For the Trips & Tramps team, sustainable tourism and conservation education are woven into the tales they tell out on the tracks.
The power of this storytelling — who they are and what they stand for — resonates without people feeling like they're being lectured. And this is reflected in the reviews they receive.
"Your local knowledge and enthusiasm for the environment is great and made for a memorable day," one review glows.
You might think the Te Anau-based business, run by Kate and Steve Norris, goes to great lengths to generate great feedback on their guided trips, and they do, but Kate says a lot of it's in the storytelling.
Something as simple as pointing out the pink triangles on trees signposts a story about stoat trapping efforts in the World Heritage Area — work they've been involved in since 2003.
For more than 30 years, Trips & Tramps has been guiding small groups to Milford Sound and on Great Walks. Kate and Steve are intimately involved in daily operations, from guiding and transporting through to the many logistics of trips into a wilderness terrain.
They like to 'keep it real' and believe in providing unique and genuine Kiwi outdoor experiences, and they are fully committed to a sustainable future.
Kate says they look at their business and the impacts it has and think about their place on Earth. Then they think about their four kids and the world they are inheriting from the previous generations.
"It's important to do what you can do, even if it's a small change; it's all taking us forward."
Improving the social, cultural, economic and environmental well-being of the Fiordland community in which they operate is an important part of the story they tell their clients.
Among Trips & Tramps' many community contributions, two stand out: Coal Island Trust/ Te Puka-Hereka and the Kepler Challenge Mountain Run Trust, which are both charitable organisations dear to the Norris' hearts due to their long involvements.
Since 2018 they've been measuring their carbon emissions to work out the actions needed to offset the impact of their operation. The goal is to offset emissions with local planting schemes to protect and expand the native forest and waterways – and in 2020, they donated 100 plants to the Fiordland Trails Trust to support the Lake 2 Lake Trail.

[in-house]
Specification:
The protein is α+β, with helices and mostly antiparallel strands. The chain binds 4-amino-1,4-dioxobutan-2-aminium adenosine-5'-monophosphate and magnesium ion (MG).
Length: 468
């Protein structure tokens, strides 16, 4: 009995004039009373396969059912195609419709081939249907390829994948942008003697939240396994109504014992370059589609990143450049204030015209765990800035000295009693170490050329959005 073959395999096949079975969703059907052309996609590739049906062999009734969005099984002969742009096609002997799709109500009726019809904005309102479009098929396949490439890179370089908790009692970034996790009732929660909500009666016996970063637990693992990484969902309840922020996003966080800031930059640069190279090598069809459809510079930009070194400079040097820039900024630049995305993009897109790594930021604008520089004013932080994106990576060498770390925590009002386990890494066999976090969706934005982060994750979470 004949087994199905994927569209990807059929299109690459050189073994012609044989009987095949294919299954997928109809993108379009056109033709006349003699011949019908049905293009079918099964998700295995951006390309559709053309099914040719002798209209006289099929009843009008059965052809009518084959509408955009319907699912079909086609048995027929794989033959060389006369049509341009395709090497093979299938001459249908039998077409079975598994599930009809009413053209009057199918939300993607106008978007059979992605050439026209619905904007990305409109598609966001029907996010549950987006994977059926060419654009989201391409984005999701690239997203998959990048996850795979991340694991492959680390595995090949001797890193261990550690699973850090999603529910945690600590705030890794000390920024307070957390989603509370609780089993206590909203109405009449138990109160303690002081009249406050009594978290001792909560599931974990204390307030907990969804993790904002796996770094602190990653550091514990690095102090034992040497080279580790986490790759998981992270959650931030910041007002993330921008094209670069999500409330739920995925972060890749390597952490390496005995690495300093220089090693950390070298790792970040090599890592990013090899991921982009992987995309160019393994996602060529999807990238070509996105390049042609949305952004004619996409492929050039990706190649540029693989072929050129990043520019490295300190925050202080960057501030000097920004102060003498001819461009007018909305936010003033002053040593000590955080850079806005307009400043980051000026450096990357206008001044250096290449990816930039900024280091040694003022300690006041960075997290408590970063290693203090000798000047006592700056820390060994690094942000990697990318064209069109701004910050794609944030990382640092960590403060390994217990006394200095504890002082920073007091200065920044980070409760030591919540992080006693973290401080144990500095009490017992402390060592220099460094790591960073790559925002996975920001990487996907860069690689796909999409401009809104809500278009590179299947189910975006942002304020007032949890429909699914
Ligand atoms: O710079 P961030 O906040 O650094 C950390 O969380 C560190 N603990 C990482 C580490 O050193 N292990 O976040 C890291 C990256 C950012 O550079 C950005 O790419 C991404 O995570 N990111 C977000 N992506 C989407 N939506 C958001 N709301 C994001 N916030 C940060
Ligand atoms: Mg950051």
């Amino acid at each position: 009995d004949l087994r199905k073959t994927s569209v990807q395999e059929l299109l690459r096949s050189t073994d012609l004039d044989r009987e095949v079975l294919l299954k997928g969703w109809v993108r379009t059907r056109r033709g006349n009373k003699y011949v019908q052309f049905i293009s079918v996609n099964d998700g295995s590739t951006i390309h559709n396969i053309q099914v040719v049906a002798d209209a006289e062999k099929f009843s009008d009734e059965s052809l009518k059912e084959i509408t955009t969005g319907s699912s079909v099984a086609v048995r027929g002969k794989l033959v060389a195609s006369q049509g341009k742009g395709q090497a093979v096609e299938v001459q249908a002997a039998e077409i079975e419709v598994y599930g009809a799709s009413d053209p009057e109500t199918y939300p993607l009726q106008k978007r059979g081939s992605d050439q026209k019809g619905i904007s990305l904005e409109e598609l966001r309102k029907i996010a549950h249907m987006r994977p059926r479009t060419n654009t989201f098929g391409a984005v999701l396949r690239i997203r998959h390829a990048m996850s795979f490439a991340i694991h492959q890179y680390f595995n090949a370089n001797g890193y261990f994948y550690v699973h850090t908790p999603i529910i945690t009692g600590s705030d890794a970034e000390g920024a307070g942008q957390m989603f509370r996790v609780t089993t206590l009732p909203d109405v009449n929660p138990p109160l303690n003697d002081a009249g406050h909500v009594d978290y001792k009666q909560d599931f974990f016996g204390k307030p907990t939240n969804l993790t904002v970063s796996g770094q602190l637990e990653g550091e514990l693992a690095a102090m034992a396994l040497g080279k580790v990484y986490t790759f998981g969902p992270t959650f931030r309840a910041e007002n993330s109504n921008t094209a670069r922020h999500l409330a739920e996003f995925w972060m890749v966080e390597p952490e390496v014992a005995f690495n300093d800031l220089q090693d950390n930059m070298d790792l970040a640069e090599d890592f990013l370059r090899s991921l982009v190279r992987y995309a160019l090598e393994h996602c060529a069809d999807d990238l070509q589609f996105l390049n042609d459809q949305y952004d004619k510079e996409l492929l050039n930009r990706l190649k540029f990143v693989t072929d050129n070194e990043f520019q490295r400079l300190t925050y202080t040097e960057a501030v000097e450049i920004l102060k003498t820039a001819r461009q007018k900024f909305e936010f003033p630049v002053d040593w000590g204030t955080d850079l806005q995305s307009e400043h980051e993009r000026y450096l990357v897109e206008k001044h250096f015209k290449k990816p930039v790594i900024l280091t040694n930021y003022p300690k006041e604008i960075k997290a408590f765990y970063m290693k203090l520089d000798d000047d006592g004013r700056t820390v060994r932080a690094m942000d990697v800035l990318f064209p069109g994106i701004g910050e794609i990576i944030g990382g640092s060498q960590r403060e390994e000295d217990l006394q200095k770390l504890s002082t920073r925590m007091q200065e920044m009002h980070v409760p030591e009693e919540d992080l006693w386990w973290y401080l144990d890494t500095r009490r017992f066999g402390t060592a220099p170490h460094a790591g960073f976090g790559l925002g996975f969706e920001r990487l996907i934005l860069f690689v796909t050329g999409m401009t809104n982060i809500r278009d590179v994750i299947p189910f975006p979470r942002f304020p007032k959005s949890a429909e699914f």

Covid has skewed the baseline emissions measurements, but Kate says they've learned so much already, including how to measure third-party emissions and have an idea of the number of trees they need to plant.
It's not always easy as life is busy, but awareness is the crucial first step, Kate says. "It's really important to get other people thinking about the little steps they can make and talking with one another."
Their journey towards a more sustainable future is evolving, with an idea around a client-funded Fiordland conservation project bubbling away.
"When you do what you're passionate about, it's so much easier to run your business well."
They want to be as transparent as possible to help share their knowledge and what they are learning along the way — hopefully motivating other businesses to begin their journey.
"Every business is different, but when you start getting community organisations and businesses taking actions, it's got to be a good thing," Kate says.
With 30 years' experience guiding small groups through Fiordland, join us for a truly unique experience of this world-famous area. Our guides are friendly and down-to-earth, you'll love their fascinating commentary and entertaining…